*I read both Value Proposition Design and Business Model Generation, both out of the Strategyzer team, and strongly prefer the former, despite value prop only being a fraction of the business model and the latter being recommended more often. Because frankly, if you don’t get value prop right, there’s no use worrying about generating a business model.
**Elizabeth Hawes is legit AF. She made this list twice for a reason, because she had the best damn stance on clothing I’ve ever seen. I was so impressed with “Fashion is Spinach” that I tracked down a reference-only copy of “Why is a Dress?,” now out of print, and rode my bike up to a university to sit in their library for as long as it took to read the book in one sitting. Because the book is tough to find but amazing, I also captured my favorite quotes and shared them for you here.
Other books and essays I highly valued this year include: Rework (Fried, Hansson), Peopleware: Productive Projects and Teams (DeMarco, Lister), The Mythical Man-Month (Brooks), Homesteading the Noosphere (Raymond), The Cathedral and The Bazaar (Raymond), What Customers Want (Ulwick), Naked Innovation (Paradis, McGaw), and Infinite City by Rebecca Solnit, my most cherished writer of 2014, though she had mostly lost me and would have remained distant had it not been for my move to San Francisco, about which Infinite City is written. I wrote about it – and my San Francisco – here.
You can see everything I read in 2015 here.
I published 70 posts to this blog this year (a few more to other blogs.)
I wrote the most about:
- Project management, specifically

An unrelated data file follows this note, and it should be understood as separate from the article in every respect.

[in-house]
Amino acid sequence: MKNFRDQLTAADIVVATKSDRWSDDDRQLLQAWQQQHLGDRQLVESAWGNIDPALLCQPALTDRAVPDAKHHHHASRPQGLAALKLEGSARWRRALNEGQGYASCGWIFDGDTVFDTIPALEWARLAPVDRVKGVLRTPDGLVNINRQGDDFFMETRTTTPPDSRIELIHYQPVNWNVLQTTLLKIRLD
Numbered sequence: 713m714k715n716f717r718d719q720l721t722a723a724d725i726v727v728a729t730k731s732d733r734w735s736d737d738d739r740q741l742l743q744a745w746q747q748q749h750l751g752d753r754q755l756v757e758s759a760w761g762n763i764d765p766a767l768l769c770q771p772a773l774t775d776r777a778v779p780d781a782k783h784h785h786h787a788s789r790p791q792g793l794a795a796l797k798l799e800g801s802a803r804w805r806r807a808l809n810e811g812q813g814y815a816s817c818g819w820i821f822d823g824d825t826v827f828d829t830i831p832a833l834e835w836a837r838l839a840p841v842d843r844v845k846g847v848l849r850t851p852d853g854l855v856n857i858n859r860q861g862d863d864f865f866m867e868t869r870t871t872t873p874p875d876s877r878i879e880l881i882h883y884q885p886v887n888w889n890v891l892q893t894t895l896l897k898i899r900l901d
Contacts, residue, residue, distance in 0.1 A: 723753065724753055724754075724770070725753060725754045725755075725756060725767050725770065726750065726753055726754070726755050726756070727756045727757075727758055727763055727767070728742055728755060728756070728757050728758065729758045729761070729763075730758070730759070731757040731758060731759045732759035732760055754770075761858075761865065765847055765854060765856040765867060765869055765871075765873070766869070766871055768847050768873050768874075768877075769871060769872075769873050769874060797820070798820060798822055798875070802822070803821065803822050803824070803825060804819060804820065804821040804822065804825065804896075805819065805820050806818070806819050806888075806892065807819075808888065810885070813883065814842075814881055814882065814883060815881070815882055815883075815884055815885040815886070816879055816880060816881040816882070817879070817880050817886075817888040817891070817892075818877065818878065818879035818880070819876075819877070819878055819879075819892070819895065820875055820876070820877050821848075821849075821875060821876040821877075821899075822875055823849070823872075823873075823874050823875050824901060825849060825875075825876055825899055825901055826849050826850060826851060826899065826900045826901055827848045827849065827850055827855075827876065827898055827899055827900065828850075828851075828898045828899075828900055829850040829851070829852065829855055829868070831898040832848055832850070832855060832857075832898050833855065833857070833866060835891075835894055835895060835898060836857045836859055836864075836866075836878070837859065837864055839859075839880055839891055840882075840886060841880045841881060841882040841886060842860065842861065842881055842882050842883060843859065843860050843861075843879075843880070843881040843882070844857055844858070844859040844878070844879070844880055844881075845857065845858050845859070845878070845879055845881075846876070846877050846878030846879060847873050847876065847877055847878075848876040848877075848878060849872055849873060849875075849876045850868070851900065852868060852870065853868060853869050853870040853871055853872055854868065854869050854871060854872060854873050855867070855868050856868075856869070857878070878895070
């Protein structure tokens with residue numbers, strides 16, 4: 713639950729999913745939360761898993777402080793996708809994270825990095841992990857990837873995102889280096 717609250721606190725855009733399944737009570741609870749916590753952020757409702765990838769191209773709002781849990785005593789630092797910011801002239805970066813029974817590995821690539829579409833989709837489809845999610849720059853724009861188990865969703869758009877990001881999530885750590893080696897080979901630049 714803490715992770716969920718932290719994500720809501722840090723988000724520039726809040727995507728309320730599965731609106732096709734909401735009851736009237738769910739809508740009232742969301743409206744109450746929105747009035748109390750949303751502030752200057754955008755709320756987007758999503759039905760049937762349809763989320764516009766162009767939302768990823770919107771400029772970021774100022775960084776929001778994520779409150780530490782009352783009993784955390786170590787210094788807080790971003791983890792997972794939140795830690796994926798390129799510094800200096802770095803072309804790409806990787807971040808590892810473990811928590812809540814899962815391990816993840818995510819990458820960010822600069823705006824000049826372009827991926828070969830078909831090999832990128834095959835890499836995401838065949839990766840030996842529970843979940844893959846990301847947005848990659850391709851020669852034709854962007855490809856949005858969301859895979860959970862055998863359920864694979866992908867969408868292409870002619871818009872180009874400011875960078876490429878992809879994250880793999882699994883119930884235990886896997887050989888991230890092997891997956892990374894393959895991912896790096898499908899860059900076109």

I also wrote a lot about work, creativity, my respect for developers and engineers, motorcycles and driving, whisk(e)y, Cuba, San Francisco, and love, among other things that struck my fancy.
My own favorite posts were:
- Place, white space, and how we make meaning
- How to love, part II and III
- The act of buying flowers alone
- Looking back on a place
- What designers could stand to learn from developers
And, in a way, this one.
THINGS I KNOW MORE TO BE TRUE.
The task of management should be taken seriously. More seriously than managers take themselves. Get your priorities straight. People – your customers; your team – always come first. Then the product. Then the project. Then the process. Don’t manage the other way around.
Layoffs are disgusting. Everyone in a company has a job to do, and the job of financial success is foremost the responsibility of the executives. If the company is struggling, then “streamlining” and “headcount cost cutting” should start with the people whose job it was to take care of the company and failed, not with the people who actually held up their end of the deal. There’s a special place in hell for managers who first fail at their job of running the company, and then fail at their job of managing people, charging the expense of their screw up to individuals who actually did their jobs.
I’ve always hated layoffs – a normal viewpoint when you watch your parents lose their jobs this way – but nothing solidified it quite like 2015, when my own company did a round of layoffs in Q1 (I high-tailed it shortly thereafter) and someone dear to me was laid off when his company did a round in Q4. (Oh, but then offered a transfer. I have a lot of respect for his response.)
I will not tolerate layoffs – will not continue working for any company that does them and will sooner surrender my own salary and make changes at the top before doing layoffs at mine. I have no fear about saying this – no fear of one day facing my people and going back on this word. I know who should fall on a sword, and have no appetite for cowards who instead use it to slay others.
There is nothing without something of value. Adding value is the most important act. Figure out who matters to you or cares about what you’re doing, figure out what matters most to them, focus on that and de-prioritize everything else. Don’t waste time doing anything that doesn’t matter to the people you value and value you, including anything that matters a lot only to people who don’t. Only do things that are real. Pushing papers nobody reads, just to look busy? Delaying the delivery of a proposal so that you can perfect every sentence? Creating high-fidelity designs when all your developers needed was a sketch? Writing business plans and whiteboarding instead of talking to customers? All not real. Deciding, developing, deploying. Those are real. And value-add.